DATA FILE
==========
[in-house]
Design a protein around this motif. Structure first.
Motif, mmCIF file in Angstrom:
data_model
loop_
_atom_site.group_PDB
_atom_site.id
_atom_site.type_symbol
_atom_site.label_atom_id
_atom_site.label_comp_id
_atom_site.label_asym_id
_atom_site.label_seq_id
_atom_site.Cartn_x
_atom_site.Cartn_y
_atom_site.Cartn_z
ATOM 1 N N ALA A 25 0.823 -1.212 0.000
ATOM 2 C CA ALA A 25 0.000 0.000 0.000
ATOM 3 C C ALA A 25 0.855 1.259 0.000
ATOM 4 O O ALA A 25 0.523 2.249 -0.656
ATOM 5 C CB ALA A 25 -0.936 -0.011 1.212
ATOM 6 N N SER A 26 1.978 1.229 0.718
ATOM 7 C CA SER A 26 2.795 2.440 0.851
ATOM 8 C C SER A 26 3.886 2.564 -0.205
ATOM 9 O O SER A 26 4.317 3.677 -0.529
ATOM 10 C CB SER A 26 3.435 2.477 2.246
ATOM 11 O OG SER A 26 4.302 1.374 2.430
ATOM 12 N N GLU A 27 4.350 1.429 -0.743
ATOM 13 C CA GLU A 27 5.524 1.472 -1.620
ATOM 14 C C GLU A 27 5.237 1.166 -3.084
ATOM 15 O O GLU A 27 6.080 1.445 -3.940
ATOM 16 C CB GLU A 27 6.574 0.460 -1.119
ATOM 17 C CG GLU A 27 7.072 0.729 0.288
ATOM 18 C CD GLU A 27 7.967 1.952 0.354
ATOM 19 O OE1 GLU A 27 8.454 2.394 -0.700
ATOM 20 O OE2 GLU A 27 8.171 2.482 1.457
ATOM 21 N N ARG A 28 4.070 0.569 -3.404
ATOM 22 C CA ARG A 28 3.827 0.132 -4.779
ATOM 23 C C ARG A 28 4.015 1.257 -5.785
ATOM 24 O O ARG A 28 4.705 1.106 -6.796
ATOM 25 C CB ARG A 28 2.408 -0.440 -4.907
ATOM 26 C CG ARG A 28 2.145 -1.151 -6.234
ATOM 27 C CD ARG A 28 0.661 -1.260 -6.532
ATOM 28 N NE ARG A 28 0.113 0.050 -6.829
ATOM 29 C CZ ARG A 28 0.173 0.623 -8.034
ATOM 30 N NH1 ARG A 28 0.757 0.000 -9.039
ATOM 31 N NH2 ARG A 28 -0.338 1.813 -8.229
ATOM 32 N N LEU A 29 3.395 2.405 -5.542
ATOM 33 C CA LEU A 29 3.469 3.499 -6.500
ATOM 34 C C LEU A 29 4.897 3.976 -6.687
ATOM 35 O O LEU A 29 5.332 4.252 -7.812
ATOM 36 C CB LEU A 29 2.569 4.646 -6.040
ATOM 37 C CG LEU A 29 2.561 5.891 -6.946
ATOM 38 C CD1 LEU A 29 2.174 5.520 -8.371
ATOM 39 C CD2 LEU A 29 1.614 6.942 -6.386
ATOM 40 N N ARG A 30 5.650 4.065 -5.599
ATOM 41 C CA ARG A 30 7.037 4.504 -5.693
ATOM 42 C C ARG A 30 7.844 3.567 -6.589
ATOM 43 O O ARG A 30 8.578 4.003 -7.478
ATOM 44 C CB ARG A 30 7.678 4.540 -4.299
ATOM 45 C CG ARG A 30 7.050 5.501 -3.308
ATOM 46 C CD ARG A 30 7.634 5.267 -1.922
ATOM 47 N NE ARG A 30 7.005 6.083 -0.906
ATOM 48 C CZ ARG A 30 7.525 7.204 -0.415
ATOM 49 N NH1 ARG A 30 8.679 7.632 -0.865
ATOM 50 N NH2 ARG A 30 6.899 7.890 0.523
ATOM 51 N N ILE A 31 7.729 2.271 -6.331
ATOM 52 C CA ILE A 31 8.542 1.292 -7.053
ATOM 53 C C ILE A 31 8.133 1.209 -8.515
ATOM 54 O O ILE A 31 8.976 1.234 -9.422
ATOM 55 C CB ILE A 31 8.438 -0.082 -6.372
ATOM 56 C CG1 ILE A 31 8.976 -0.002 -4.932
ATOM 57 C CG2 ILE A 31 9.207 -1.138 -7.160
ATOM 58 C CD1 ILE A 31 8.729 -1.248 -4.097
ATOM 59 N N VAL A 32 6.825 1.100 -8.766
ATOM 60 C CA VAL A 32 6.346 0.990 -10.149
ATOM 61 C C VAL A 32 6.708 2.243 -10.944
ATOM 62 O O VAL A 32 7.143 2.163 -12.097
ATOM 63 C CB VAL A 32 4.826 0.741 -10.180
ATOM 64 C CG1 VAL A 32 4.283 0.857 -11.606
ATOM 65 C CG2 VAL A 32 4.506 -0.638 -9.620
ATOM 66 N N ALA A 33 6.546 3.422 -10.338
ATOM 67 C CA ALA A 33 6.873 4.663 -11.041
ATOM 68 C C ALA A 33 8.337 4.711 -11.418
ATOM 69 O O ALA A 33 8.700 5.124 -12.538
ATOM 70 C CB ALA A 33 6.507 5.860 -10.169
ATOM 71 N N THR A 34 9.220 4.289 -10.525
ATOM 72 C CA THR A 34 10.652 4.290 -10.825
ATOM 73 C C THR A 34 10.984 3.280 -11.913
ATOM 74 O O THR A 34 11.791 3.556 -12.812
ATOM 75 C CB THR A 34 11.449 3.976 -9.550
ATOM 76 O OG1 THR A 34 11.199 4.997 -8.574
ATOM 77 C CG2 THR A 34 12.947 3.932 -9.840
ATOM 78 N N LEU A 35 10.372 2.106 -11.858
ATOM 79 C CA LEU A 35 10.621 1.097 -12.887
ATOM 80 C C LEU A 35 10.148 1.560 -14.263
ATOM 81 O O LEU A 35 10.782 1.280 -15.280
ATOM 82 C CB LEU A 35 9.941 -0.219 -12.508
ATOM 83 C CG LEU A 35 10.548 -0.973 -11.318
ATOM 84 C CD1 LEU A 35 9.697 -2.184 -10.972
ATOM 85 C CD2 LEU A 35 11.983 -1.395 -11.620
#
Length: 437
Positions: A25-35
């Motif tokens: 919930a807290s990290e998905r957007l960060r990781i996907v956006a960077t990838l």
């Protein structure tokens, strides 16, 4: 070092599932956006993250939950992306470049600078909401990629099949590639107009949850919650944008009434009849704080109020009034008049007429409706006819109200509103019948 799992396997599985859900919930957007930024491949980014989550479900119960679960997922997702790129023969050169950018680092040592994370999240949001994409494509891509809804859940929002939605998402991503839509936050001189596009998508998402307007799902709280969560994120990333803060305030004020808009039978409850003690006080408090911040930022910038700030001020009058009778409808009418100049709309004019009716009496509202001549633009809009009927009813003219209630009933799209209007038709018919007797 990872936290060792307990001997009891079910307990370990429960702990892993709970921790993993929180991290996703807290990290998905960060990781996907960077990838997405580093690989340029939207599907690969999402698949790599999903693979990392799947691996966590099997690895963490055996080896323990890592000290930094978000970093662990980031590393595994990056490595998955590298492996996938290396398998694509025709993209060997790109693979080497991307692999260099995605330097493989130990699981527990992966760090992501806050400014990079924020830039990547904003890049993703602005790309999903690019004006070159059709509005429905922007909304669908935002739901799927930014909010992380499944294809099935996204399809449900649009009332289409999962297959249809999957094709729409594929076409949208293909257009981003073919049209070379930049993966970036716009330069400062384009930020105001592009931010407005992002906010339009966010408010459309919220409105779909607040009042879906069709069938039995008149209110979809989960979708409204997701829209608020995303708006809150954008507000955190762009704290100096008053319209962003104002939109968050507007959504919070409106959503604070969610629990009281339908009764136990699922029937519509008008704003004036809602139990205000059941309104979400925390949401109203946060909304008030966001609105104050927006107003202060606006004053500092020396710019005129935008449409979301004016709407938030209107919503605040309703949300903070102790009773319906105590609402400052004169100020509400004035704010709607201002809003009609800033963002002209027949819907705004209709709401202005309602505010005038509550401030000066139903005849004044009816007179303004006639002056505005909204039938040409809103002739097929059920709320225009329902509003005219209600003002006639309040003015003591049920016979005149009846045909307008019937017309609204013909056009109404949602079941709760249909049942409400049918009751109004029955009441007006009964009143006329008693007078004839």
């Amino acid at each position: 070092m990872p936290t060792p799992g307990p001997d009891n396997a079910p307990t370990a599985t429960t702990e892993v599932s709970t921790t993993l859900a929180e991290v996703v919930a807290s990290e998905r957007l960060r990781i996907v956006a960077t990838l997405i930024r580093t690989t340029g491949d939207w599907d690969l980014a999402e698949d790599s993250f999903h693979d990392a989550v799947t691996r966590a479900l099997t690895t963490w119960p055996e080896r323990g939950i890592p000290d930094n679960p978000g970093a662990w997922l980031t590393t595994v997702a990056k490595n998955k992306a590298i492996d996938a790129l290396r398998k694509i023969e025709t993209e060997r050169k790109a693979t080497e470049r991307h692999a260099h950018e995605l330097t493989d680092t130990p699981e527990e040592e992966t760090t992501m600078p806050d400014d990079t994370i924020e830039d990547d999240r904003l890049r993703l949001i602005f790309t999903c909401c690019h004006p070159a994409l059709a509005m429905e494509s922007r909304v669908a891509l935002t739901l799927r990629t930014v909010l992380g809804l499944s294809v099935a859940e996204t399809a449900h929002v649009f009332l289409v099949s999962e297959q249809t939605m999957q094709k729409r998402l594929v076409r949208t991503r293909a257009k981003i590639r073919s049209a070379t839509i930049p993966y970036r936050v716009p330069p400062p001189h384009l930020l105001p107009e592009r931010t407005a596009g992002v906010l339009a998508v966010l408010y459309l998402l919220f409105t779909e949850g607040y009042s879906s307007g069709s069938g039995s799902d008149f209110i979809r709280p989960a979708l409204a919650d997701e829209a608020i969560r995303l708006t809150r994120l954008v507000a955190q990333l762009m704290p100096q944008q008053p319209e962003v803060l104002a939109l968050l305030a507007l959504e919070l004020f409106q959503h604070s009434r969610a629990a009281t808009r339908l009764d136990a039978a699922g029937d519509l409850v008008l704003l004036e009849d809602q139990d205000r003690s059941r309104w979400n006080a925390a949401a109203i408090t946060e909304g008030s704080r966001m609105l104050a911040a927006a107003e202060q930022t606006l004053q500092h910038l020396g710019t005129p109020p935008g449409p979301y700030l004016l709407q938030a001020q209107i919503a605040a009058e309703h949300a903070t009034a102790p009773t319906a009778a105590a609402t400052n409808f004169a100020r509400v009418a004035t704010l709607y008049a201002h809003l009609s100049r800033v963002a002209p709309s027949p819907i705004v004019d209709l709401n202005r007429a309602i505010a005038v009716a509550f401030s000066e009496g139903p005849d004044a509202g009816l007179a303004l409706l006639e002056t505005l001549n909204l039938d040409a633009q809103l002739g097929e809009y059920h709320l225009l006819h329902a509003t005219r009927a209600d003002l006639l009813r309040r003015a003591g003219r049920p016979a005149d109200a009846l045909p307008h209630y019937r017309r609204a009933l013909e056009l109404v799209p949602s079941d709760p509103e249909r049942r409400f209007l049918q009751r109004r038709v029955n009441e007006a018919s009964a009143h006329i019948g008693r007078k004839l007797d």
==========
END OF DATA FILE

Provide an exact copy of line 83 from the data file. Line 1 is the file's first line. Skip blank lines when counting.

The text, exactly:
ATOM 68 C C ALA A 33 8.337 4.711 -11.418